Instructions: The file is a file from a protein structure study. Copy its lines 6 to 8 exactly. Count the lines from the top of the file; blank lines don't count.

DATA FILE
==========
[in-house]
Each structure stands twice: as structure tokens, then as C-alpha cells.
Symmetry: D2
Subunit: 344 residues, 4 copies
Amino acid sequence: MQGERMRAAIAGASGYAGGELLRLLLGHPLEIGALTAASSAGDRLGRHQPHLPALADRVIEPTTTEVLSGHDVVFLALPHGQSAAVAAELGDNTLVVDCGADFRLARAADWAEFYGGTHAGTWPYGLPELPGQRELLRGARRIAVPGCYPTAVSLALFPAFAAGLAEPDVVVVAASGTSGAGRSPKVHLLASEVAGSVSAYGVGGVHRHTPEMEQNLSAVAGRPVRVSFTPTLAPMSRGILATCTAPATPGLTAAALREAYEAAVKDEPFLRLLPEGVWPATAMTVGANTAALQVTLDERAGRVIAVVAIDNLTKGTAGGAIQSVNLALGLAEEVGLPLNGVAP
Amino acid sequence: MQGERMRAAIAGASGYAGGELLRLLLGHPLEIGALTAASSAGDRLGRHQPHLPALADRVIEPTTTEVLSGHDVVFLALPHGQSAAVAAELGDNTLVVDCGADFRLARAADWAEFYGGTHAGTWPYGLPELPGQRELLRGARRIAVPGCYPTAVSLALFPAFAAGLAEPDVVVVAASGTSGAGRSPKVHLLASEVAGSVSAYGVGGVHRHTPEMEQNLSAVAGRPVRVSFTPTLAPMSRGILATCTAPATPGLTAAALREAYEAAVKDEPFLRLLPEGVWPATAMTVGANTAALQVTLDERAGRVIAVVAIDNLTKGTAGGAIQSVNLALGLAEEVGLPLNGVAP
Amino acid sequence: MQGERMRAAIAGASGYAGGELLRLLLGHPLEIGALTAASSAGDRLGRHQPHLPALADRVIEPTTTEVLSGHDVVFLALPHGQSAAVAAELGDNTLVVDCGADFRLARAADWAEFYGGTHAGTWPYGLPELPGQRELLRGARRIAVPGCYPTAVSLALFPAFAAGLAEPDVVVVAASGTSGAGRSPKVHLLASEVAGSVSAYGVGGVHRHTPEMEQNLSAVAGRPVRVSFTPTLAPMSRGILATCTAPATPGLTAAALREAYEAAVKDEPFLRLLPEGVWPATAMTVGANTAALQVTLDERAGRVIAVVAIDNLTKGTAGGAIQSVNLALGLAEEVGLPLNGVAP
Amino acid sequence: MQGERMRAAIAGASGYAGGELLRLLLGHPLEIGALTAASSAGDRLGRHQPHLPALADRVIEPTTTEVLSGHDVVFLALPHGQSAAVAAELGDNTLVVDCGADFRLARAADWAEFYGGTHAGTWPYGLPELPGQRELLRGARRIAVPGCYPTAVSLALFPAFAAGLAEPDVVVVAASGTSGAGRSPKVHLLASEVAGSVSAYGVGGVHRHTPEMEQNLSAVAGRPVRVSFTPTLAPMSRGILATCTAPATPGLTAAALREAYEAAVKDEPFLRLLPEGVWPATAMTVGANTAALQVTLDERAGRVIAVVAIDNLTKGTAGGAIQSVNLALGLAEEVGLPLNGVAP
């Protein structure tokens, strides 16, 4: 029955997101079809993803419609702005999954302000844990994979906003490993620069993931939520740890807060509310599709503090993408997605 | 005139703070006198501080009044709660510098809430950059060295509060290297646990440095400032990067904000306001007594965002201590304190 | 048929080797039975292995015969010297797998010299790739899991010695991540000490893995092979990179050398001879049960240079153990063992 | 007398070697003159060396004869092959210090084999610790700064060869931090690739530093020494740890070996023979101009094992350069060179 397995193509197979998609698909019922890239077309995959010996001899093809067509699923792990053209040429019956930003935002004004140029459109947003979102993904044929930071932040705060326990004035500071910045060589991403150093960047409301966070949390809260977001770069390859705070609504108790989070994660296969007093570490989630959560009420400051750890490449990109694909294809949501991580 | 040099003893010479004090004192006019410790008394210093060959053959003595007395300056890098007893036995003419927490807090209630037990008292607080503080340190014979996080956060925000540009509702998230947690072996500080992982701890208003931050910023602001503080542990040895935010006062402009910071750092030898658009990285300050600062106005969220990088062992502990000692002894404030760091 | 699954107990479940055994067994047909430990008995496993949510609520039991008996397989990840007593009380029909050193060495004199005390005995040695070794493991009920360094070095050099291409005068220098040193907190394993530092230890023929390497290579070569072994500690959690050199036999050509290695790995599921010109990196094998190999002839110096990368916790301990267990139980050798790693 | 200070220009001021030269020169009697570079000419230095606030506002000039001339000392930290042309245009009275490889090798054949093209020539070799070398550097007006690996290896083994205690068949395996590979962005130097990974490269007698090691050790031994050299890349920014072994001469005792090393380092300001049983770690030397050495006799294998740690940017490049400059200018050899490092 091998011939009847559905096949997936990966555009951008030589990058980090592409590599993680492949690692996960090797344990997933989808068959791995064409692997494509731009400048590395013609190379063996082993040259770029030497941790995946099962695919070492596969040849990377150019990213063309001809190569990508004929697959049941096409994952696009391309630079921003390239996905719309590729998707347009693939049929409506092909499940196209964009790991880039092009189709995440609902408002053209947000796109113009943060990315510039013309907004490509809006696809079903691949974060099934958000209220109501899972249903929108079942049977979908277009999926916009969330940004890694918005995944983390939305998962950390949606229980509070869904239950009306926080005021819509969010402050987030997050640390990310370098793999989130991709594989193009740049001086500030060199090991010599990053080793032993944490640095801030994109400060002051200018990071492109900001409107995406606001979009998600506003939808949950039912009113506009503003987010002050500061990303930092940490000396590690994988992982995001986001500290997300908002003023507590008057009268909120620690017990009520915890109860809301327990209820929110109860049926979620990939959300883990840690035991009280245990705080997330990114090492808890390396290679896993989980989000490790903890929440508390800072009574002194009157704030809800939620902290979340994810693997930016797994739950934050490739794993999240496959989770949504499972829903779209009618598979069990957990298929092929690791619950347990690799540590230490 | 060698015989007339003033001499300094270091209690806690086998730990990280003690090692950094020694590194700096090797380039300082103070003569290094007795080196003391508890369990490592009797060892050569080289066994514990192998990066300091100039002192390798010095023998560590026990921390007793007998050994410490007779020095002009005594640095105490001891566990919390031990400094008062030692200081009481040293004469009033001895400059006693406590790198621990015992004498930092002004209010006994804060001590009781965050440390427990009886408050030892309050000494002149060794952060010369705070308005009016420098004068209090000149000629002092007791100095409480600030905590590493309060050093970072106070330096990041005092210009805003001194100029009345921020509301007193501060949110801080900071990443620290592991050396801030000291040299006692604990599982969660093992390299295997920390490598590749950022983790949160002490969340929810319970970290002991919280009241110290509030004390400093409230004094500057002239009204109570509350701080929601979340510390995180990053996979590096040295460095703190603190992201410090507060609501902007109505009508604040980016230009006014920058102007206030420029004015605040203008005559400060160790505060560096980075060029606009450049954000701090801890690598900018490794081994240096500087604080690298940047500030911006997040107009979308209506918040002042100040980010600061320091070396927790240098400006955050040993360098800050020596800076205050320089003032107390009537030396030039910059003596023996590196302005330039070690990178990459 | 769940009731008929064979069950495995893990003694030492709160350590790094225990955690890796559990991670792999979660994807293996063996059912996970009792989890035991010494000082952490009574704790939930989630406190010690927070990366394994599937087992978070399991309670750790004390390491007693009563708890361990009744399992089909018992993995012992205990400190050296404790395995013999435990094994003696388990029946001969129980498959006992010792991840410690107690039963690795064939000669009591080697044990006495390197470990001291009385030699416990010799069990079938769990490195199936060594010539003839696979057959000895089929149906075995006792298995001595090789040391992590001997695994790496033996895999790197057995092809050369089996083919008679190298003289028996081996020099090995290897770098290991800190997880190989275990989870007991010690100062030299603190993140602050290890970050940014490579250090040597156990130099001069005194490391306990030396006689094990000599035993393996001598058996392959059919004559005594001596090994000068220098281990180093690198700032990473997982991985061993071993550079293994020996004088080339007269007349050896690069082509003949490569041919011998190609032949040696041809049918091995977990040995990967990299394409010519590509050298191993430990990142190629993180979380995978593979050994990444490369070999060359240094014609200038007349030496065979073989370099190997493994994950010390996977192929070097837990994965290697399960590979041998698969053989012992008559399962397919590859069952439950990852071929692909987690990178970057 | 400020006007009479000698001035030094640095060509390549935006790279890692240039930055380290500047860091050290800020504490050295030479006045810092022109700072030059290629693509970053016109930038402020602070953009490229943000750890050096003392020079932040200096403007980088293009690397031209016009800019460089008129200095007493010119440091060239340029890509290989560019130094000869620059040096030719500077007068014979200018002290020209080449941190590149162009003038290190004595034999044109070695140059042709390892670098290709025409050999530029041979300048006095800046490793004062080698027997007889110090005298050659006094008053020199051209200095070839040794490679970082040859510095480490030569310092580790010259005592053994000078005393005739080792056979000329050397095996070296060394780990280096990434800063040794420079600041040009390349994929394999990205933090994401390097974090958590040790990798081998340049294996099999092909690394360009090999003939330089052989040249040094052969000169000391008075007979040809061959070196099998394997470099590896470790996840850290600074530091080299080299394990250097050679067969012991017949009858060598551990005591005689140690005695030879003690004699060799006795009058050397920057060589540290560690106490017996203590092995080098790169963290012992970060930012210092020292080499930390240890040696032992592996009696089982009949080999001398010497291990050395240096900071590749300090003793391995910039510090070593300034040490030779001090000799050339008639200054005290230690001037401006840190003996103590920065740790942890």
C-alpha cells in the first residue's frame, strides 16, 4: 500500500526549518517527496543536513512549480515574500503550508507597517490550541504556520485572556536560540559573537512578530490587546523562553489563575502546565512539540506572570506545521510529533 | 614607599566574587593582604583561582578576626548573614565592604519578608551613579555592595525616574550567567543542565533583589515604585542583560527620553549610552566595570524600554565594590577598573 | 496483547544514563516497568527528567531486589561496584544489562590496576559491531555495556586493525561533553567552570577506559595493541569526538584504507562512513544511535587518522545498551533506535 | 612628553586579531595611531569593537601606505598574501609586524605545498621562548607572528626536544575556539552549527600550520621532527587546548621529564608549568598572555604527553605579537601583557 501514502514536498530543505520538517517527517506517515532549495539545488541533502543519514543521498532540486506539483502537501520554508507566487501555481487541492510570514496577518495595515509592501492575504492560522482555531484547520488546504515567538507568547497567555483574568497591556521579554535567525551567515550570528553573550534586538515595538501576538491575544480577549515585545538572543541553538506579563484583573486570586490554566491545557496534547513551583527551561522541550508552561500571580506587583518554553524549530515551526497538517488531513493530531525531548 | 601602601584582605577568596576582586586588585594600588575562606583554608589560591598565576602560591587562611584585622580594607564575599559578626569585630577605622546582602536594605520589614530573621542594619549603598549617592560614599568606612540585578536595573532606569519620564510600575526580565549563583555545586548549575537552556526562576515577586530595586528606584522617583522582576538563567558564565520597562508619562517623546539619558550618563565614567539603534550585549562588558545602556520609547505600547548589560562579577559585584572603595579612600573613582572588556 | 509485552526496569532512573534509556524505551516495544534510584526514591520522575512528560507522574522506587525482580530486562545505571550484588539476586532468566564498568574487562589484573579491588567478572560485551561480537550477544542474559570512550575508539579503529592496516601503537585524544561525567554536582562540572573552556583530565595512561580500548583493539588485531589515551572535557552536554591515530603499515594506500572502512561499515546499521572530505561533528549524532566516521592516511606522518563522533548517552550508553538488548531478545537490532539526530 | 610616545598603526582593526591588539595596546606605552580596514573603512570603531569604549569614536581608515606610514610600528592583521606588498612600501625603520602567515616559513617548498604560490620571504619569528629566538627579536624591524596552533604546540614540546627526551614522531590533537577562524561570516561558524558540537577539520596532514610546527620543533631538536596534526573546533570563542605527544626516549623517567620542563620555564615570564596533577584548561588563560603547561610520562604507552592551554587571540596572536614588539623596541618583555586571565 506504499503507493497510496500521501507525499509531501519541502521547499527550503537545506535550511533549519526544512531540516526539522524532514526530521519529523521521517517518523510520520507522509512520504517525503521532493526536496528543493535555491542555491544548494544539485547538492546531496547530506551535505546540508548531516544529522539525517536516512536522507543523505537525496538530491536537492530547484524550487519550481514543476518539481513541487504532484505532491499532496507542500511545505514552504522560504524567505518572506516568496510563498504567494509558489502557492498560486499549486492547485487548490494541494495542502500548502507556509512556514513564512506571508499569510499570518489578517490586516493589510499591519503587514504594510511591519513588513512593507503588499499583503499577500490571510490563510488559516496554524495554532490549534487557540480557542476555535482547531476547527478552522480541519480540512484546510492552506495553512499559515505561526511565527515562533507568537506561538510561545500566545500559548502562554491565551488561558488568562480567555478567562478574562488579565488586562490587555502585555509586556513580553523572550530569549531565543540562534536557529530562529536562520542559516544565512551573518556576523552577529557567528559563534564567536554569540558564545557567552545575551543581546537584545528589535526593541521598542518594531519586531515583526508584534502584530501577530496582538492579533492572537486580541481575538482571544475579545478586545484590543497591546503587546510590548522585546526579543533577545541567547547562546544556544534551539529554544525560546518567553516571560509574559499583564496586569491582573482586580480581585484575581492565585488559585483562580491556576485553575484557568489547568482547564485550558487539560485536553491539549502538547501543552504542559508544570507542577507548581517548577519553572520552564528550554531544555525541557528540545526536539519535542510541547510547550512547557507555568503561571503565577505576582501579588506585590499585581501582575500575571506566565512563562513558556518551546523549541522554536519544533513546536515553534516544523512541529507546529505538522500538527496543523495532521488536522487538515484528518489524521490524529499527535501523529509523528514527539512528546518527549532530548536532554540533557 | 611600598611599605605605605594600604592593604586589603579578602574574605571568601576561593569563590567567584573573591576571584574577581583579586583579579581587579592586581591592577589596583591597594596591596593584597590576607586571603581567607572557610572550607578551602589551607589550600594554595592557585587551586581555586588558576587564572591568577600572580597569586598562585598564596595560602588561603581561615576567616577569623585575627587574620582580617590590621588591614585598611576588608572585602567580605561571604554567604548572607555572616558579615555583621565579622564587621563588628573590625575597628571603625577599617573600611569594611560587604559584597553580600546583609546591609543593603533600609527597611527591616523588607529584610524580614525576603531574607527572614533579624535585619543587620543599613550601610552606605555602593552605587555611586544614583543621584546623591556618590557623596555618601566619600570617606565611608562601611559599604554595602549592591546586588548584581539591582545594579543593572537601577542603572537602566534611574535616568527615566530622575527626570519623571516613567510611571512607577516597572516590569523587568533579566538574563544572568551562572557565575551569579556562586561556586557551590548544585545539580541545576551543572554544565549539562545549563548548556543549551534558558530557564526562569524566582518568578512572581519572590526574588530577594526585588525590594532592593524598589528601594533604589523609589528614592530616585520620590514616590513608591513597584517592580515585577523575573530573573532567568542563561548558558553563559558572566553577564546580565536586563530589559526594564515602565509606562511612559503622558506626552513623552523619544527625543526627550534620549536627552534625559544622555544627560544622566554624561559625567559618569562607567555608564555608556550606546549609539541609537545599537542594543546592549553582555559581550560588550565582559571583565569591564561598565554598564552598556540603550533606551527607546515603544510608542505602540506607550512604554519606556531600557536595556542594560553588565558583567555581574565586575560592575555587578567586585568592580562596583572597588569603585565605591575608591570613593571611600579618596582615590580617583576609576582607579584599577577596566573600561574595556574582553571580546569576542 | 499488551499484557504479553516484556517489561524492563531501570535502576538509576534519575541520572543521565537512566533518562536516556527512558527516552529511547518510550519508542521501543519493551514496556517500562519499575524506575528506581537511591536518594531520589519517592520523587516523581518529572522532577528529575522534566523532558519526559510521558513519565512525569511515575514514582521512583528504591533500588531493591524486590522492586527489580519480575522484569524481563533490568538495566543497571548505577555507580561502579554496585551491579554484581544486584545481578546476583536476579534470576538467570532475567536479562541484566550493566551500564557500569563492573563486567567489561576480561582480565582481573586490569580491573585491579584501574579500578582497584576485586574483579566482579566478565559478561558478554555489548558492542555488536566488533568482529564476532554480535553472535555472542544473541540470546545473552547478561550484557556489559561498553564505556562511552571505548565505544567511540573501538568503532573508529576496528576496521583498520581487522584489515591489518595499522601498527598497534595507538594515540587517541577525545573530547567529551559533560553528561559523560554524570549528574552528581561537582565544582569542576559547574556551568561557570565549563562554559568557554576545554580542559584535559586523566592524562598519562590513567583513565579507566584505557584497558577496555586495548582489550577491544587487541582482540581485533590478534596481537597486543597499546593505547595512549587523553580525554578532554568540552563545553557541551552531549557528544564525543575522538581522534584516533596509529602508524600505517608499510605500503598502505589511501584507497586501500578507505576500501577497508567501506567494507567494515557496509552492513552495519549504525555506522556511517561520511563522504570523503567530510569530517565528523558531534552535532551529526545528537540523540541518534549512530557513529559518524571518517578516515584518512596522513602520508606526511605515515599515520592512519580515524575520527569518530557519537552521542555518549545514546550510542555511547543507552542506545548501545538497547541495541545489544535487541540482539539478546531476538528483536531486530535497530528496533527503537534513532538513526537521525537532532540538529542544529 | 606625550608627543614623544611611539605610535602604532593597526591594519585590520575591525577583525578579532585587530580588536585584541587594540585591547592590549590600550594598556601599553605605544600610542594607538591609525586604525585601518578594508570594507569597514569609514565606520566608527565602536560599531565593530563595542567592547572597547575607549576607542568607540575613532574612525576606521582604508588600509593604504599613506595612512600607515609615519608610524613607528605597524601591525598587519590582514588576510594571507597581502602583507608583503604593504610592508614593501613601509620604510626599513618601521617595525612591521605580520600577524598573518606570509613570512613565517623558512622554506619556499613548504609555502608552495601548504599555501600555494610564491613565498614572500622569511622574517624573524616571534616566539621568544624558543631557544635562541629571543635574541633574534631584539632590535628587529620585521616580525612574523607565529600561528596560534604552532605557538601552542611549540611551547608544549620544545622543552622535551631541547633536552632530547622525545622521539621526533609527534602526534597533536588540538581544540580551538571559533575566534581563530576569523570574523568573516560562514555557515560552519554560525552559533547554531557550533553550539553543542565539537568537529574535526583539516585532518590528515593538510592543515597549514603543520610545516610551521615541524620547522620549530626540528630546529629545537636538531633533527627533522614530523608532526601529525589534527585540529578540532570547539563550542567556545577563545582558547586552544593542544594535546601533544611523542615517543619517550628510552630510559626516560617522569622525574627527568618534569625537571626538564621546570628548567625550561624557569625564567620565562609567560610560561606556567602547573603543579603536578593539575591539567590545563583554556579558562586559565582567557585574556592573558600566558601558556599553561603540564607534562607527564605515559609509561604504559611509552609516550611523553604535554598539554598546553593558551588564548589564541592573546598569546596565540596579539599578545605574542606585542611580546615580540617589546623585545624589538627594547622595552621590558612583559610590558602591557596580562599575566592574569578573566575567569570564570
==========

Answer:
Amino acid sequence: MQGERMRAAIAGASGYAGGELLRLLLGHPLEIGALTAASSAGDRLGRHQPHLPALADRVIEPTTTEVLSGHDVVFLALPHGQSAAVAAELGDNTLVVDCGADFRLARAADWAEFYGGTHAGTWPYGLPELPGQRELLRGARRIAVPGCYPTAVSLALFPAFAAGLAEPDVVVVAASGTSGAGRSPKVHLLASEVAGSVSAYGVGGVHRHTPEMEQNLSAVAGRPVRVSFTPTLAPMSRGILATCTAPATPGLTAAALREAYEAAVKDEPFLRLLPEGVWPATAMTVGANTAALQVTLDERAGRVIAVVAIDNLTKGTAGGAIQSVNLALGLAEEVGLPLNGVAP
Amino acid sequence: MQGERMRAAIAGASGYAGGELLRLLLGHPLEIGALTAASSAGDRLGRHQPHLPALADRVIEPTTTEVLSGHDVVFLALPHGQSAAVAAELGDNTLVVDCGADFRLARAADWAEFYGGTHAGTWPYGLPELPGQRELLRGARRIAVPGCYPTAVSLALFPAFAAGLAEPDVVVVAASGTSGAGRSPKVHLLASEVAGSVSAYGVGGVHRHTPEMEQNLSAVAGRPVRVSFTPTLAPMSRGILATCTAPATPGLTAAALREAYEAAVKDEPFLRLLPEGVWPATAMTVGANTAALQVTLDERAGRVIAVVAIDNLTKGTAGGAIQSVNLALGLAEEVGLPLNGVAP
Amino acid sequence: MQGERMRAAIAGASGYAGGELLRLLLGHPLEIGALTAASSAGDRLGRHQPHLPALADRVIEPTTTEVLSGHDVVFLALPHGQSAAVAAELGDNTLVVDCGADFRLARAADWAEFYGGTHAGTWPYGLPELPGQRELLRGARRIAVPGCYPTAVSLALFPAFAAGLAEPDVVVVAASGTSGAGRSPKVHLLASEVAGSVSAYGVGGVHRHTPEMEQNLSAVAGRPVRVSFTPTLAPMSRGILATCTAPATPGLTAAALREAYEAAVKDEPFLRLLPEGVWPATAMTVGANTAALQVTLDERAGRVIAVVAIDNLTKGTAGGAIQSVNLALGLAEEVGLPLNGVAP